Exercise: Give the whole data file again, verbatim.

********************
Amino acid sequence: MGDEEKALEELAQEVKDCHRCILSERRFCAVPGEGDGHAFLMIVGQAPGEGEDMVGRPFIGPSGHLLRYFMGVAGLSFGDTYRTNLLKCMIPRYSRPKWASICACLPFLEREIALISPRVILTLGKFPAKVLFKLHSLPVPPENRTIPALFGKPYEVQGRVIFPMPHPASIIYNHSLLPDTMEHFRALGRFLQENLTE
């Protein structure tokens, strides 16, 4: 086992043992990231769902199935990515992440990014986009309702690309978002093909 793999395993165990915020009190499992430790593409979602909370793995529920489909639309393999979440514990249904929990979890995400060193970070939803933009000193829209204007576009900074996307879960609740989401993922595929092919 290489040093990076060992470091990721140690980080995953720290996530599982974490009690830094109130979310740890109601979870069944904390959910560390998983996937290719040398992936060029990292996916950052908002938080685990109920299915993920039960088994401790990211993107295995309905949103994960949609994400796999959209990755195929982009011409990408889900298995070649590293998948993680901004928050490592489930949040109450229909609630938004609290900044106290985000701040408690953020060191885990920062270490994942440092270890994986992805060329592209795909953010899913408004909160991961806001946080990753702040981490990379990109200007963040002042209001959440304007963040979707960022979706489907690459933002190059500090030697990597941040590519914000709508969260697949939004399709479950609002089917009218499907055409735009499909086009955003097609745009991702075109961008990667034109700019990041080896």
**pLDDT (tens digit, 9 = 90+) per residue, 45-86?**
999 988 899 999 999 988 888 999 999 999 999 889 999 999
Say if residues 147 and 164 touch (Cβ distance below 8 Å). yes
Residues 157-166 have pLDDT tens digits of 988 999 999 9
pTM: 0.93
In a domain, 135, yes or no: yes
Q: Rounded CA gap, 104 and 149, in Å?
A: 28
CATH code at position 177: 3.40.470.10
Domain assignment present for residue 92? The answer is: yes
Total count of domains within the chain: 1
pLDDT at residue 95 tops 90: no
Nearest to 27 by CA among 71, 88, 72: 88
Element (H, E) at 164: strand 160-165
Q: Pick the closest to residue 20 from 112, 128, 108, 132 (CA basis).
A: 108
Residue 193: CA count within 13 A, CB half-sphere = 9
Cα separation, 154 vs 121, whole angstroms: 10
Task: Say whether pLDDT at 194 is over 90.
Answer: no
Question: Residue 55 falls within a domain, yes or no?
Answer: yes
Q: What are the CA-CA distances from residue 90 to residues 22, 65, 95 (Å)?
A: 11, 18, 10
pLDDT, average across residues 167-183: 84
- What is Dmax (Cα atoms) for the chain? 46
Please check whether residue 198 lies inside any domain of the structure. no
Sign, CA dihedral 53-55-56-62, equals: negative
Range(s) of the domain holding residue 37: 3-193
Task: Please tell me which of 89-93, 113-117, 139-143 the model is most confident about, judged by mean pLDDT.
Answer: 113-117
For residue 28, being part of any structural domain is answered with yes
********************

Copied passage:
Amino acid sequence: MGDEEKALEELAQEVKDCHRCILSERRFCAVPGEGDGHAFLMIVGQAPGEGEDMVGRPFIGPSGHLLRYFMGVAGLSFGDTYRTNLLKCMIPRYSRPKWASICACLPFLEREIALISPRVILTLGKFPAKVLFKLHSLPVPPENRTIPALFGKPYEVQGRVIFPMPHPASIIYNHSLLPDTMEHFRALGRFLQENLTE
């Protein structure tokens, strides 16, 4: 086992043992990231769902199935990515992440990014986009309702690309978002093909 793999395993165990915020009190499992430790593409979602909370793995529920489909639309393999979440514990249904929990979890995400060193970070939803933009000193829209204007576009900074996307879960609740989401993922595929092919 290489040093990076060992470091990721140690980080995953720290996530599982974490009690830094109130979310740890109601979870069944904390959910560390998983996937290719040398992936060029990292996916950052908002938080685990109920299915993920039960088994401790990211993107295995309905949103994960949609994400796999959209990755195929982009011409990408889900298995070649590293998948993680901004928050490592489930949040109450229909609630938004609290900044106290985000701040408690953020060191885990920062270490994942440092270890994986992805060329592209795909953010899913408004909160991961806001946080990753702040981490990379990109200007963040002042209001959440304007963040979707960022979706489907690459933002190059500090030697990597941040590519914000709508969260697949939004399709479950609002089917009218499907055409735009499909086009955003097609745009991702075109961008990667034109700019990041080896």
**pLDDT (tens digit, 9 = 90+) per residue, 45-86?**
999 988 899 999 999 988 888 999 999 999 999 889 999 999
Say if residues 147 and 164 touch (Cβ distance below 8 Å). yes
Residues 157-166 have pLDDT tens digits of 988 999 999 9
pTM: 0.93
In a domain, 135, yes or no: yes
Q: Rounded CA gap, 104 and 149, in Å?
A: 28
CATH code at position 177: 3.40.470.10
Domain assignment present for residue 92? The answer is: yes
Total count of domains within the chain: 1
pLDDT at residue 95 tops 90: no
Nearest to 27 by CA among 71, 88, 72: 88
Element (H, E) at 164: strand 160-165
Q: Pick the closest to residue 20 from 112, 128, 108, 132 (CA basis).
A: 108
Residue 193: CA count within 13 A, CB half-sphere = 9
Cα separation, 154 vs 121, whole angstroms: 10
Task: Say whether pLDDT at 194 is over 90.
Answer: no
Question: Residue 55 falls within a domain, yes or no?
Answer: yes
Q: What are the CA-CA distances from residue 90 to residues 22, 65, 95 (Å)?
A: 11, 18, 10
pLDDT, average across residues 167-183: 84
- What is Dmax (Cα atoms) for the chain? 46
Please check whether residue 198 lies inside any domain of the structure. no
Sign, CA dihedral 53-55-56-62, equals: negative
Range(s) of the domain holding residue 37: 3-193
Task: Please tell me which of 89-93, 113-117, 139-143 the model is most confident about, judged by mean pLDDT.
Answer: 113-117
For residue 28, being part of any structural domain is answered with yes